Skip to main content

WWE Cruiserweight Classic week two preview: Tozawa & TJP make their debut

tozawajohnsonwon.jpg

After last week's inaugural episode debuted to almost universal praise, the second week of the Cruiserweight Classic tournament will air tonight on the WWE Network.

In order to help get you familiar and/or learn more about the competitors, we brought together some of our talents that have expertise in covering many of the wrestlers' home regions and promotions. 

  • Matt Farmer: MLW radio host & wrestling historian
  • Alan "4L" Counihan: Dr. Keith Presents host, Japanese wrestling & indie wrestling expert
  • Alan Boon: Wrestling Observer columnist for "This Week In British Wrestling"
  • Bryan Rose: Wrestling Observer NJPW & CWC reporter
  • Joseph Currier: Wrestling Observer editor & news writer
  • Mike DellaCamera: Wrestling Observer writer

Let's begin.

Akira Tozawa vs. Kenneth Johnson --

Image placeholder title

Akira Tozawa by Alan Counihan

When I think "biggest potential breakout stars" in the Cruiserweight Classic, Akira Tozawa is at the top of the list. The main reason I can say this is simple: we’ve seen him do it before.

In 2010, Tozawa came to America as an unknown. He had spent four years on the Dragon Gate undercard treated as a joke for the most part. Once he reached the States, he cut loose. He became a cult favourite in Reseda for PWG and was wanted by indies across the country.

Everywhere he went, he got over with his unique charisma, undeniable charm, and incredible wrestling ability.

Inevitably, he was recalled to Japan in mid-2011 and has become one of DG’s best performers (arguably THE best) ever since. With DG’s hectic schedule, Tozawa hasn’t wrestled outside of Japan much in recent years and thus has fallen off the radars of those who don’t follow the promotion.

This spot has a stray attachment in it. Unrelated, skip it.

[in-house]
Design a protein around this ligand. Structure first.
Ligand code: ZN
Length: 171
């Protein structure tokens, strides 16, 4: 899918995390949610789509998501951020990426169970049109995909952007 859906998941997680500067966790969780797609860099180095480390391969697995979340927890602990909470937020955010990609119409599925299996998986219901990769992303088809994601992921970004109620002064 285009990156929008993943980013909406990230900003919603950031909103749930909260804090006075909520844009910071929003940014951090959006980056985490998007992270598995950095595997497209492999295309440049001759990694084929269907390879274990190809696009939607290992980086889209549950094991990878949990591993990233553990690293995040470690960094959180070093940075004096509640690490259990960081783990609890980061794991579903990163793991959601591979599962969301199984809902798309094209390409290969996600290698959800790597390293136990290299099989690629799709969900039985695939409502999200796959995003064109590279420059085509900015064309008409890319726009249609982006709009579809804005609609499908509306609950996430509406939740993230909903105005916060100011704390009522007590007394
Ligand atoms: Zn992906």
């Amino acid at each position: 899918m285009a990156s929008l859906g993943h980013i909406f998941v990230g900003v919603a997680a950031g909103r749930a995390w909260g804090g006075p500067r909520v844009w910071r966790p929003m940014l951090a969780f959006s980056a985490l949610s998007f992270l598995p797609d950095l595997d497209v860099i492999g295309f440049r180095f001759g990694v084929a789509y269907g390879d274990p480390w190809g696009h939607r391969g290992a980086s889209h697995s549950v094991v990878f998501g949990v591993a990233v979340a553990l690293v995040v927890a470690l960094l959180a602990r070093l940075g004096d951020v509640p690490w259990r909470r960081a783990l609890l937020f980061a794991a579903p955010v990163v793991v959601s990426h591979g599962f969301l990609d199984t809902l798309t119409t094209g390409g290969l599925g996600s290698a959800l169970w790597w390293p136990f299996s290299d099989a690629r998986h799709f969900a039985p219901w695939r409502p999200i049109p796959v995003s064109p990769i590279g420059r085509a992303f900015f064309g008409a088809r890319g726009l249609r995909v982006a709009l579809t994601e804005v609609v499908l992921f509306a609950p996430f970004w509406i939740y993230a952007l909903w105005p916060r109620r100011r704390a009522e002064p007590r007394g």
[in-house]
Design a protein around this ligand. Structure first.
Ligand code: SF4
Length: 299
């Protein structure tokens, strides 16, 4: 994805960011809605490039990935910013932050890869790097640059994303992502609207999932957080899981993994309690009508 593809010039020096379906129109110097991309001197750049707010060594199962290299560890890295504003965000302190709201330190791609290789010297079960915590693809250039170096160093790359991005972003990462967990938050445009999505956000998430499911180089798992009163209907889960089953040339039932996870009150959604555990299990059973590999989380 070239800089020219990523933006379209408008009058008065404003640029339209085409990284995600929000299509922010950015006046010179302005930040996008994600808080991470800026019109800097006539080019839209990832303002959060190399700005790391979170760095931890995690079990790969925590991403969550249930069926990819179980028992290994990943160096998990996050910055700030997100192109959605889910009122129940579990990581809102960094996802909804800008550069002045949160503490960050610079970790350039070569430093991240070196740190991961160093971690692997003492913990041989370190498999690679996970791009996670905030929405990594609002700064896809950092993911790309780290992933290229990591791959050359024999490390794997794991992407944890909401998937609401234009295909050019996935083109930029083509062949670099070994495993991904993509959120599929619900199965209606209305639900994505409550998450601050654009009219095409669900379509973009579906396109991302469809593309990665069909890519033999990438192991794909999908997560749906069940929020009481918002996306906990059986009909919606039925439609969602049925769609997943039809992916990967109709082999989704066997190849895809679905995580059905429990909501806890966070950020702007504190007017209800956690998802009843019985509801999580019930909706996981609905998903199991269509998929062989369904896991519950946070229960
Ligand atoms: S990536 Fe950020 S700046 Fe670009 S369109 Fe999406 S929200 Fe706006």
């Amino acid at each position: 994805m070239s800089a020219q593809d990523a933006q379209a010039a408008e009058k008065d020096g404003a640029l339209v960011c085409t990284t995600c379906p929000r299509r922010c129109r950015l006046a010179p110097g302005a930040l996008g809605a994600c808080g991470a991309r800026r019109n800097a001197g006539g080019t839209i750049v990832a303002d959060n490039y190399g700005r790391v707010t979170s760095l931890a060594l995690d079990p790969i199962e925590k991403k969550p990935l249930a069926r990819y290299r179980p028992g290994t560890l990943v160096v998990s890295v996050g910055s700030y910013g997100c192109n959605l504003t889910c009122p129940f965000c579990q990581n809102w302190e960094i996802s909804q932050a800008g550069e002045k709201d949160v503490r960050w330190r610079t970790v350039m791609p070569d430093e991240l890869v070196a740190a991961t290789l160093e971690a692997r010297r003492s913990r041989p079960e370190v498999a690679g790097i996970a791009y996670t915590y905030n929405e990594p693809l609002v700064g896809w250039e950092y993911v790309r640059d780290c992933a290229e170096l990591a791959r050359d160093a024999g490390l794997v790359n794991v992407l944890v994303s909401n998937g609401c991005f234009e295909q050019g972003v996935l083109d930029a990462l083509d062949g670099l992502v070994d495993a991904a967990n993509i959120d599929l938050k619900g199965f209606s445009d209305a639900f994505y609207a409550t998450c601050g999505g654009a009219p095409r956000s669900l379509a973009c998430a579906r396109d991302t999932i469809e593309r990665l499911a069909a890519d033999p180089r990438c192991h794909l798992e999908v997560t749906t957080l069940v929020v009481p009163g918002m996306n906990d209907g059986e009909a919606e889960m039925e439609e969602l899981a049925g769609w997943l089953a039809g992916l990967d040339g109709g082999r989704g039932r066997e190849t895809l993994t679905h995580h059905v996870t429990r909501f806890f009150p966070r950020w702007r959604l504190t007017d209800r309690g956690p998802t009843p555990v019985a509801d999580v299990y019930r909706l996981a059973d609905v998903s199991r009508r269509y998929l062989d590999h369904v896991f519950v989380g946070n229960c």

He’s only gotten better and he’s as excited as anyone in the field for this opportunity. Make no mistake, THE STAMINA MONSTER is coming to steal the show.

Image placeholder title

Kenneth Johnson by Bryan Rose

Not much is known about Johnson -- one of the few on this roster that hasn't made a name for themselves on the independents, at least on a mainstream level. But that's okay as if there is ever a platform to step up and show what you are made of, it's the Cruiserweight Classic.

A wrestler based in Detroit, MI, Johnson has had runs in Ring of Honor. His WWE CWC profile claims that he puts his body on the line every night and has demolished many larger opponents in the past, which, at 5'11 and 156 pounds, sounds very interesting. 

Who knows how Johnson will do in this tournament? So little is known about him, he could either be really great or fail to make an impact. But, since he's wrestling on a show that many Network subscribers will watch, it's up for him to make a name for himself in this tournament.

TJ Perkins vs. Da Mack --

4IjSU7q.jpg

TJ Perkins by Bryan Rose

Although he's just 31, TJ Perkins has been wrestling since 1999.

A few years after making his debut, he went to train at the short-lived NJPW Dojo in Los Angeles with the likes of Daniel Bryan and Rocky Romero. At 18, he was already wrestling on main cards for New Japan Pro Wrestling, making him the youngest foreign talent to ever wrestle for the company.

He is more well known for his run in TNA as he went through a series of start and stop pushes under various gimmicks. His big run started when he took the helm of Suicide and ran with it, winning the X Division title in the process.

The gimmick was convoluted and didn't make much sense as he appeared on TV both masked and unmasked for some unknown reason. He eventually renamed himself Manik and donned new attire, but didn't find much luck in terms of a push before eventually being released after months of not being used.

Since leaving TNA, he's worked for other companies that include PWG and Evolve.

TJP is another veteran who should do really well in this tournament if given the chance. He has the ability to go very far and already has a decade plus of experience wrestling all around the world. No matter who he faces, there's a good chance he'll be able to adjust to whatever style his opponent is the most comfortable with and should have great matches in the process.

Y6PoCrP.jpg

Da Mack by Mike DellaCamera

They say you should always dance with what brought you here, and it's safe to assume that’s what Da Mack will do.

Whether it’s putting on a show between corner chops or moonwalking across the ring, CWC viewers will have a hard time forgetting this compelling German wrestler. Some wrestlers have an innate charisma that resonates, and if you watched the introduction video, it’s easy to see that with Da Mack.